Portugal is located in the southwest of the Iberia Peninsula. The elevation ranges from 0 m a.s.l., near the coast, to 1993 m a.s.l. in the Central Mountain range. The climate is controlled by the transition between the Mediterranean and the Atlantic conditions. The mean annual precipitation is around 900 mm, ranging from less than 500 mm in northeast and south, to more than 2000 mm in the northwest mountains. Rainfall amounts tend to increase with increasing latitude, elevation and proximity to the Atlantic Ocean. POR accounts for 6.1% of the area and 5.2% of population of TOT-A, with a population density of 111.2 inhabitants per km2. The mean age of population is equals to 46 years and the percentage of female population is 52.7%. The Disaster Database [26], based on a systematical collection of floods and landslides that have caused human damages in Portugal referred to in newspapers, is the main data source. Details about flood victims were further complemented with media websites and published papers about flood fatalities [3,27].
(7) South France (SFR)
The SFR includes the former region Languedoc-Roussillon (now part of Occitan region) and Provence-Alpes-Cote d’Azur regions. Ponds and deltas are typical of the lowland in the western part (Languedoc). The relief is steeper and valleys deeper in the eastern part (Provence). The coastal plains are surrounded by 2500 m high summits in the Pyrenees and the Alps, and 1500 m in the Cévennes. The summer drought and the intense rainfall in autumn are the key features of the climate. The rainfall concentrates over the period September–December (50% of annual total). Winter is drier with cold continental winds. SFR represents 3.6% of the area and 3.6% of population of TOT-A, with a population density ranging from 78.1 inh/km2 (Languedoc-Roussillon, Midi-Pyrénées) to 156 inh/km2 (Provence-Alpes-Cote d’Azur) with an average of 117 inhabitants per km2. The mean age of population is equal to 42 years. Females represent 51.9% of the population. Data were collected by the department of geography of the University Paul Valéry Montpellier 3 (UMR GRED laboratory), starting from documentary sources and newspapers and complemented through post flood surveys published by the PhD of L. Boissier [28] and by Vinet and Boissier [29].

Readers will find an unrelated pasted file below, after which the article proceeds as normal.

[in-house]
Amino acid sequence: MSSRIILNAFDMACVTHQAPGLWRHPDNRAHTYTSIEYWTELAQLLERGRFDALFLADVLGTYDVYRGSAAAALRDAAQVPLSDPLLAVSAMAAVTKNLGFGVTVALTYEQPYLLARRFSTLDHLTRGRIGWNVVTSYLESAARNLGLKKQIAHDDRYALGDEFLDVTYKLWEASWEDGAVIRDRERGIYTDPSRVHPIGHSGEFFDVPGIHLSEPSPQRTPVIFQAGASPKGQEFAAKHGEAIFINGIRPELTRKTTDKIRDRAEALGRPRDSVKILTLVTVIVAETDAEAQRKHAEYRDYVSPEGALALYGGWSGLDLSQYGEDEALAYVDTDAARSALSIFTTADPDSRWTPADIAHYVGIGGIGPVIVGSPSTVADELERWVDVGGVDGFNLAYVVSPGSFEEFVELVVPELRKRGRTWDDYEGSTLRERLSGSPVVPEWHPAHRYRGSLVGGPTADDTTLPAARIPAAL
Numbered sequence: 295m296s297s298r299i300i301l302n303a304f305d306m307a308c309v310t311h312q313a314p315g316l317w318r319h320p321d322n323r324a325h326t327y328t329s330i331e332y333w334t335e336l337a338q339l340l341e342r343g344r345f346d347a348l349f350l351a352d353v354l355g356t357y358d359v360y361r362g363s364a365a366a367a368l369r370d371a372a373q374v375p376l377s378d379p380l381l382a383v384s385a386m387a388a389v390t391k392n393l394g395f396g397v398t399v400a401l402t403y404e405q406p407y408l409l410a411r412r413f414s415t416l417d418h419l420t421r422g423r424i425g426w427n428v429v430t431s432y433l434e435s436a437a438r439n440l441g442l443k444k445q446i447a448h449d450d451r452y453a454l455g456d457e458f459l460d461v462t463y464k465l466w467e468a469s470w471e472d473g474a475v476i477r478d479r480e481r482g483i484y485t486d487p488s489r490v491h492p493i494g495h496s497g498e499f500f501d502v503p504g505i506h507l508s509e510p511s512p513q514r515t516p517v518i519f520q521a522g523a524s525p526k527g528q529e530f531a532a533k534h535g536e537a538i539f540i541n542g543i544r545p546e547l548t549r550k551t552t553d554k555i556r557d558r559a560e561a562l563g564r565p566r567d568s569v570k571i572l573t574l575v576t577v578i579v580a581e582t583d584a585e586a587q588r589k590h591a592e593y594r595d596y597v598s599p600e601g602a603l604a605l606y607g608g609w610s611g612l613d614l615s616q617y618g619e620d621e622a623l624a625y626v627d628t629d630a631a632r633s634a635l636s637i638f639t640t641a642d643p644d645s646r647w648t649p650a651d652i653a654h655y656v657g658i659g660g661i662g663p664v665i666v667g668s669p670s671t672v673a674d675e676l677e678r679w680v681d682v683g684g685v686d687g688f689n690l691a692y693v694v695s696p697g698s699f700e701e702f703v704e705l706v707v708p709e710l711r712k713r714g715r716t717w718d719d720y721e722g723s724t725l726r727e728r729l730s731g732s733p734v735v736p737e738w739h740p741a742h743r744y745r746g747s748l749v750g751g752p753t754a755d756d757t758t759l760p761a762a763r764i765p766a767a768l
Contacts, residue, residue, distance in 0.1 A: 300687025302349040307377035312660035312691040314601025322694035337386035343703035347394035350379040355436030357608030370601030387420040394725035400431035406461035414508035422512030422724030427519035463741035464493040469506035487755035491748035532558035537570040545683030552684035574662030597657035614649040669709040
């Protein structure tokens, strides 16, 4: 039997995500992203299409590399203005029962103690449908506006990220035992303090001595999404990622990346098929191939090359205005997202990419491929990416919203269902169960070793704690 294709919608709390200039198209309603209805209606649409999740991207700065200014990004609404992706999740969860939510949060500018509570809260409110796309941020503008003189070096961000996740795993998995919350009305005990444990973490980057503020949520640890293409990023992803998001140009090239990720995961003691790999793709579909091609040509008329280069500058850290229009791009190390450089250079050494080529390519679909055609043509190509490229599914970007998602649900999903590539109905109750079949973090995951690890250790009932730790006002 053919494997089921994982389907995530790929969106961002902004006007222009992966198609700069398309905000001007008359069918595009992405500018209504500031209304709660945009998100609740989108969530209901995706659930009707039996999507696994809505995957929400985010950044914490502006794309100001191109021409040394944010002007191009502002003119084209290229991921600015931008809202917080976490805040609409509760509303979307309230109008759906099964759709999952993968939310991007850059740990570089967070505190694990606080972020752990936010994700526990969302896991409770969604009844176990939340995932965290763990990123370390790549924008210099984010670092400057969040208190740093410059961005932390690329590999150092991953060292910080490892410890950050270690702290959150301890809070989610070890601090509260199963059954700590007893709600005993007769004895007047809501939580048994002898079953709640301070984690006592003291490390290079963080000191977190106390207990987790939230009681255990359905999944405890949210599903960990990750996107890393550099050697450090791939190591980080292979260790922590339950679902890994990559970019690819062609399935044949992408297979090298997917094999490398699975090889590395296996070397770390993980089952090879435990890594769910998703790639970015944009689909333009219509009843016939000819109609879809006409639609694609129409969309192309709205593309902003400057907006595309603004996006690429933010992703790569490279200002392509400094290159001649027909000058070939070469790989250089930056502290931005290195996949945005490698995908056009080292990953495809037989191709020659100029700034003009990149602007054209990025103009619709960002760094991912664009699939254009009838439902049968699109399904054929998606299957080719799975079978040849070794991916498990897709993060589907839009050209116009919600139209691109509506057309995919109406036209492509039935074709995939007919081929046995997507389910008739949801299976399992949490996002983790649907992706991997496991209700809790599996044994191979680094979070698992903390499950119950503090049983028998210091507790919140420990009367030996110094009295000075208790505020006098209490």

(8) Catalonia (CAT)
Catalonia (Spain) is a region in the northeast Iberian Peninsula. The most significant topographic features are the Pyrenees (over 2500 m a.s.l.), the Littoral range and the Pre-Littoral system, rising to higher than 500 m and 1200 m a.s.l., respectively. There are two wet seasons (autumn and spring) and two dry seasons (winter and summer). The mean annual precipitation can vary from 400 mm, in Central Depression, to 1200 mm, in the Pyrenees. CAT represents 2.1% of the area and 3.8% of population of TOT-A, with the population density equal to 235 inhabitants per km2, 50.9% of females. However, the population is mainly concentrated along the coast. For instance, Barcelona (with a density of 15,866.95 inh/km²) and two surrounding municipalities, concentrate 46% of the population of Catalonia. The mean age of population is 42 years. Data comes from the INUNGAMA database [30] that contains all the flood events that have produced socioeconomic impact between 1981 and nowadays. This database contains information such as the date, the counties and municipalities affected, the main rivers or basins involved, the impacts produced, and the type of flood. Information regarding victims has been complemented with newspaper data, mainly La Vanguardia, and official reports.
(9) Balearic Islands (BAL)
The Balearic Islands archipelago (Spain) is situated off the eastern coast of Spain. It consists from five islands (Mallorca, Menorca, Eivissa, Formentera, and Cabrera) with adjacent islets. Precipitation expresses a clear Mediterranean pattern, with a maximum during autumn and a minimum in summer. Mean annual totals range from 1000 mm, in Mallorca, to 300 mm, in the southern islands of Eivissa and Formentera. BAL, with 4492 km2, accounts only to 0.3% of the area and to 0.6% of population for TOT-A. However, the population density achieves 258 inhabitants per km2, 50.3% of which are females. Data were obtained from a PhD thesis [31], and complemented by research in regional newspapers, such as Diario de Mallorca and Ultima Hora, and by data gathered for the implementation of the Flood Prevention Plan.

2.2. EUFF Database

The limitations associated with documentary sources are widely addressed in literature [21,32,33]. The most important ones are as follows: